How it was supposed to be
My training had been going so well. In the past I’ve been prone to blisters – my brother always said I had “fanny feet” – but that was because, after months of inactivity, I’d walk several 20+ mile days back to back on feet as soft as a Gwyneth Paltrow’s duvet. It wasn’t going to end well.
So, over these last few weeks, I’ve been toughening my feet up gradually, increasing my walking distance every few days. And now was the time to maintain the distance but add the full weight of the backpack too. As an introduction I did a fully loaded 6-mile stroll the other day and the rucksack barely registered. It just felt like I’d put some weight on.
And I have. I like to start each adventure considerably overweight. Well, I don’t, but since my trips usually start in spring, plumpness is what happens over winter. I gain and lose weight very easily. I only have to look at a Bargain Bucket and my waistband button fires off and takes out a pensioner.
My full pack weighs in at about 13 kg. And starting off carrying all this extra fat means that once I lose 13 kg, which I predict will take about 6 weeks, I’m effectively no longer carrying a rucksack at all!
But now all training has ground to a halt because the plague has descended upon the Prim household. Manx rules mean I need to stay indoors until Day Ten, the day before I’m due to set off walking. Once released, my freedom will be total.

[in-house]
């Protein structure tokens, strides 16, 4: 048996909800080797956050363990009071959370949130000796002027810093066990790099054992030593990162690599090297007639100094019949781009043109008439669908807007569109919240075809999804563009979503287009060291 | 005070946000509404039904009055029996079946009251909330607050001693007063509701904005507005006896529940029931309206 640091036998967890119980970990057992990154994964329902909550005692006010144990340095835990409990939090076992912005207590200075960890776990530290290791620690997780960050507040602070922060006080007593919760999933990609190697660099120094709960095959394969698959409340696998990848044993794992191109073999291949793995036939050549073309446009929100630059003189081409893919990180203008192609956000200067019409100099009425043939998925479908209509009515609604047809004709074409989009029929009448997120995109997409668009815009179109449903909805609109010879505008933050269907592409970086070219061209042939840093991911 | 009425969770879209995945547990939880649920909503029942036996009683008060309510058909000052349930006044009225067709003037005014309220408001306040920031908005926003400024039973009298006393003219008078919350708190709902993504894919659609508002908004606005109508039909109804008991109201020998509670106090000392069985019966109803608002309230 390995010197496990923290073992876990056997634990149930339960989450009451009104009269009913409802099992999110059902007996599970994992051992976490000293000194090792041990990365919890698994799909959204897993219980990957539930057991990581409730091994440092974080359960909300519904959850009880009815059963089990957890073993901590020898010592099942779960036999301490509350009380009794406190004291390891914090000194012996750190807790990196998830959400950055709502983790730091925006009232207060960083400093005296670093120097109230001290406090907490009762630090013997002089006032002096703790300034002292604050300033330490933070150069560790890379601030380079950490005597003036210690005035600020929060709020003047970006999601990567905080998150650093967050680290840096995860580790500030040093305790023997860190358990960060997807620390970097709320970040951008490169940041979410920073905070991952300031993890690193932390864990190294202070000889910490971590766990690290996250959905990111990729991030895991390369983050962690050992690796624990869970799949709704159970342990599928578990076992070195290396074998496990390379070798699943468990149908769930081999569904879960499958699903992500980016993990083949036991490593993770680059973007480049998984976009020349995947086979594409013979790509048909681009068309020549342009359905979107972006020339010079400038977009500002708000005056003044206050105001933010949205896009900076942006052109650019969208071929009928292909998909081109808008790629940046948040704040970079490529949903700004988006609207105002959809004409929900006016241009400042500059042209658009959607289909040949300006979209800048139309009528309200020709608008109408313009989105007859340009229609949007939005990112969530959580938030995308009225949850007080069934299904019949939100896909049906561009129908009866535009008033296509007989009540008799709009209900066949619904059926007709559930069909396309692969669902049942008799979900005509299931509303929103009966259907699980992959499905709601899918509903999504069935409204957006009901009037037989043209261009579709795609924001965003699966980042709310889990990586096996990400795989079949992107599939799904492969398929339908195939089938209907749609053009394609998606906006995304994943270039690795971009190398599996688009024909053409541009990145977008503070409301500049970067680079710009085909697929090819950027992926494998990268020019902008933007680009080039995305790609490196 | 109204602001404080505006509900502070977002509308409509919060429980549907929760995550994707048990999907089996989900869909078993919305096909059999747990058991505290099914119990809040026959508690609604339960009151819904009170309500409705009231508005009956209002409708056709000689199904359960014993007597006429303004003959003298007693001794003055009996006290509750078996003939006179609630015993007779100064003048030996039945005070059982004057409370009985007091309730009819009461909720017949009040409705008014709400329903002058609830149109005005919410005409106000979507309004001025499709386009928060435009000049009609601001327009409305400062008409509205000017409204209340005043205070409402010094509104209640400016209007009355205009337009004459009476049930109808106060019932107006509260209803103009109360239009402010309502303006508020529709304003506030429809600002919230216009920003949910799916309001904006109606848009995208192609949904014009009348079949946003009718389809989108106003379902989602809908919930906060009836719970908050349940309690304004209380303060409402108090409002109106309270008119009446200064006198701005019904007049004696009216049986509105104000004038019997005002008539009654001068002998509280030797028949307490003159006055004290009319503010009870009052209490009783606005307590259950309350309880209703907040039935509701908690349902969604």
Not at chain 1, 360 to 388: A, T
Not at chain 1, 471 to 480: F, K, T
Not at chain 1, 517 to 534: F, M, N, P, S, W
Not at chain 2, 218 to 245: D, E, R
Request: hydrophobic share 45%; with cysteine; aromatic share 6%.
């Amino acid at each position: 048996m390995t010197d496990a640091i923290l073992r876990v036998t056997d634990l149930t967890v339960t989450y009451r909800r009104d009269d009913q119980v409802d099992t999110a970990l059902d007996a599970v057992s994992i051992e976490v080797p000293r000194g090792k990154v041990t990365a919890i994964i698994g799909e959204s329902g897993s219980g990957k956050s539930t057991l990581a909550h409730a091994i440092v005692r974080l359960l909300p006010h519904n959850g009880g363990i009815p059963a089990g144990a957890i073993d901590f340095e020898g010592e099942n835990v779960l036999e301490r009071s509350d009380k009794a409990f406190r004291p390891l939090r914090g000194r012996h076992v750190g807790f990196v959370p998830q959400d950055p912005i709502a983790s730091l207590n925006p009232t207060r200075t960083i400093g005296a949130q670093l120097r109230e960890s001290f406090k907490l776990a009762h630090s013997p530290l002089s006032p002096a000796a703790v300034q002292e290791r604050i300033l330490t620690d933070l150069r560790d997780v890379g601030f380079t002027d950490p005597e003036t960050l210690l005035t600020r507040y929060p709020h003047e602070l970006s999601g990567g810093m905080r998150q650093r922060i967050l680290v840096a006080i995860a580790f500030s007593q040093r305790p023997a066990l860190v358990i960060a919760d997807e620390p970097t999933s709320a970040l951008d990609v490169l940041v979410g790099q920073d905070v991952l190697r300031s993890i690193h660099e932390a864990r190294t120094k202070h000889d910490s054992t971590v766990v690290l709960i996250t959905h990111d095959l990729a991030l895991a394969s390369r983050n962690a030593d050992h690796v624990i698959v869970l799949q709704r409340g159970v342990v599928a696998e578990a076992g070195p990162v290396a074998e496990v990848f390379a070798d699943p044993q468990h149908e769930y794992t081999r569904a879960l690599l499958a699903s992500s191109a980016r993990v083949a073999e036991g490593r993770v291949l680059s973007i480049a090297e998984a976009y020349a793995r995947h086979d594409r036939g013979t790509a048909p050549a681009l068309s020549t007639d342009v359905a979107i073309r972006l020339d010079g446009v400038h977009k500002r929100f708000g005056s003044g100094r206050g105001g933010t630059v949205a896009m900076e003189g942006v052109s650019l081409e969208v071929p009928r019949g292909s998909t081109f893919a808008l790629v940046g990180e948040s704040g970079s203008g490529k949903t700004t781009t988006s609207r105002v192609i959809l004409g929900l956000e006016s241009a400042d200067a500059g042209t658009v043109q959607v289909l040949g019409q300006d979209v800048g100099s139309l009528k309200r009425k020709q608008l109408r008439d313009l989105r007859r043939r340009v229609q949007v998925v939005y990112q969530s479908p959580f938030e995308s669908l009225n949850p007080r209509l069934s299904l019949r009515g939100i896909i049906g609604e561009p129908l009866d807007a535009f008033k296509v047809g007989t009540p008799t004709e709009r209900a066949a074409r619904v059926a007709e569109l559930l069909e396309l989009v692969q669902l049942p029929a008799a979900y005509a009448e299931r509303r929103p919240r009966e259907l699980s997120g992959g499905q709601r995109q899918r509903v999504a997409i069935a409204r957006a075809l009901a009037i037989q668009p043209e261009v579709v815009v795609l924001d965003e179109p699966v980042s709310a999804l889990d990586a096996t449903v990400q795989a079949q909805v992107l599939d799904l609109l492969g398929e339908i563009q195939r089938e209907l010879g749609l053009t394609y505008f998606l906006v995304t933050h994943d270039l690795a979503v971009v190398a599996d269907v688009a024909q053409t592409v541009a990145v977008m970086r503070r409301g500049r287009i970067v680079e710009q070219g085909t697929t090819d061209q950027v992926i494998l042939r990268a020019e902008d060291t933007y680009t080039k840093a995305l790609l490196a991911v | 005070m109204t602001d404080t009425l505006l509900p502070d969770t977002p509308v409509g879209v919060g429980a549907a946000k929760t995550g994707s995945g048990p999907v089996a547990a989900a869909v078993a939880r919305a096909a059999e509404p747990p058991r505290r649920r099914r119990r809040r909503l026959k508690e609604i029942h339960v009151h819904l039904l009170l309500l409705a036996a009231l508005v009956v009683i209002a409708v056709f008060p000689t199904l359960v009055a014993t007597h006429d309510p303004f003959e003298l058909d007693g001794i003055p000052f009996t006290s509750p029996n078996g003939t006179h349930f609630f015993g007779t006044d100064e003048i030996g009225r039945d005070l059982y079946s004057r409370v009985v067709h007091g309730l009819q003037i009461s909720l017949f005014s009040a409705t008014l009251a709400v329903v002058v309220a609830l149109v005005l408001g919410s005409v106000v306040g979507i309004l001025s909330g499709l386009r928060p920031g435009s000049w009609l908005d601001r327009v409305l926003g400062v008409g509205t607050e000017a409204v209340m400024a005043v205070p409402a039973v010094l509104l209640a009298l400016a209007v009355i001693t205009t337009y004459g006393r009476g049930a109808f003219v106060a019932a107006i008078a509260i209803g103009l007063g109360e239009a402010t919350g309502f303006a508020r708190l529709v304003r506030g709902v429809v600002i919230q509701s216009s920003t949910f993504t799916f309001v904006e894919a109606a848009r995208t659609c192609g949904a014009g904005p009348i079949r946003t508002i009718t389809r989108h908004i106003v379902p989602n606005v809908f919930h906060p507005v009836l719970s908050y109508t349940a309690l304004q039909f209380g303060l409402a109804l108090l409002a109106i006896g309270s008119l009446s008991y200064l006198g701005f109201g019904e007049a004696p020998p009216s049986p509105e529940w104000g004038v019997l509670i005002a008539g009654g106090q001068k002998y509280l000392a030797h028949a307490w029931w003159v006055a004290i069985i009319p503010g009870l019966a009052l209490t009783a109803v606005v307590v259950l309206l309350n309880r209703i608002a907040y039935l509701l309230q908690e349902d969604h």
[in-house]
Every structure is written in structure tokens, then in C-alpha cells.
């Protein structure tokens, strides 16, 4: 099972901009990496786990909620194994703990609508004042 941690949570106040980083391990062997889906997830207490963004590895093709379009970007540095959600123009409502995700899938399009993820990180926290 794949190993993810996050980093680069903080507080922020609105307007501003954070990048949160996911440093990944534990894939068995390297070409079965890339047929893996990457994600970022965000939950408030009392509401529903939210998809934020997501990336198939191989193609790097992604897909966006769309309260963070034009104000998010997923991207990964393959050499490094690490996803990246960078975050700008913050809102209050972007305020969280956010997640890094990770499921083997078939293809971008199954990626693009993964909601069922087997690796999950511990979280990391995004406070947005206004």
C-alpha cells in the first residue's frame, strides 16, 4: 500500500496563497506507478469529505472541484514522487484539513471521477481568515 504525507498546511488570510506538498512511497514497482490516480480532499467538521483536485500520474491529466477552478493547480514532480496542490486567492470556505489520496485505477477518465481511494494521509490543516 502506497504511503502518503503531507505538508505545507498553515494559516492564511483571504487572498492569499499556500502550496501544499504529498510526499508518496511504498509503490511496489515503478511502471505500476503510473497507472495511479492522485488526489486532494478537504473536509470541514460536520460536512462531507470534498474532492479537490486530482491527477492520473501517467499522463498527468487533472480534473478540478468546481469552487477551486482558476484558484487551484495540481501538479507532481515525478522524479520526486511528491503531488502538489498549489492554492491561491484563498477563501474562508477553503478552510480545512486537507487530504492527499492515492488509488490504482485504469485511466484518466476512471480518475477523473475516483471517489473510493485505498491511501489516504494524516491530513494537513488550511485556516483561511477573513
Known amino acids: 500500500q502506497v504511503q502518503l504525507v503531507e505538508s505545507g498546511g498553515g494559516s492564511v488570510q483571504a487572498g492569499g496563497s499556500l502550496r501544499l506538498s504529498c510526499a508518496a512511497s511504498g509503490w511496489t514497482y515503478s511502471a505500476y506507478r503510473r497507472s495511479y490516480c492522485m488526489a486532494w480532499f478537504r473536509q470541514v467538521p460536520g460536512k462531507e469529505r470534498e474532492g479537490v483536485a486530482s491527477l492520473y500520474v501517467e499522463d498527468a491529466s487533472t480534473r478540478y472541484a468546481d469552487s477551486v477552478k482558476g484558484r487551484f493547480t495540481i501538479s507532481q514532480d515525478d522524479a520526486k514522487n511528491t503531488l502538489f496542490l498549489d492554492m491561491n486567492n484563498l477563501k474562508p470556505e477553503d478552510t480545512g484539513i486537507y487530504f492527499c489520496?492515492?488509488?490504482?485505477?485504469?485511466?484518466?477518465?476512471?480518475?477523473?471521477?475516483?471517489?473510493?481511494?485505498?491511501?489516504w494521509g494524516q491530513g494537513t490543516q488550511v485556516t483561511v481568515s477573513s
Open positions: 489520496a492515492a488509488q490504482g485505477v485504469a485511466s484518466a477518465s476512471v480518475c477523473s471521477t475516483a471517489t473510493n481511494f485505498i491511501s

Me and Captain Tom
Some have suggested I use this downtime to rest, which is probably wise. But perhaps instead I can draw inspiration from another famous housebound charity walker, Captain Tom. He did laps of his garden to achieve a mile and half. The longest stretch of garden I have here is about 12 metres. To replicate a 20-mile practice walk I’d have to do a there-and-back circuit over 1,300 times. I expect my mind would crack before my feet.
Speaking of Captain Tom, I’m using him as a metric to calculate how much I can hope to raise for Medecins sans Frontieres (MSF) on this walk. His mile and a half netted 30 million pounds. That’s a cool 20 mil per mile. Obviously, I can’t expect to make the same rate as him. After all, he was twice my age, so if I made half as much, that sounds fair. A simple sum tells me that, upon completion of my 25,000 miles, I stand to have raised £250 billion pounds. I think I’d be happy with that.
Granted, that total is more than the GDP of Morocco and Hungary combined, and to raise such a sum would mean every man, woman and child (including newborns) on the planet donating 32 quid each, but, y’know, you’re a generous bunch and MSF really are a very worthy charity.
Anyway, I’d better get back to the garden. I wouldn’t want lack of preparation to be the reason MSF miss out on £250 billion.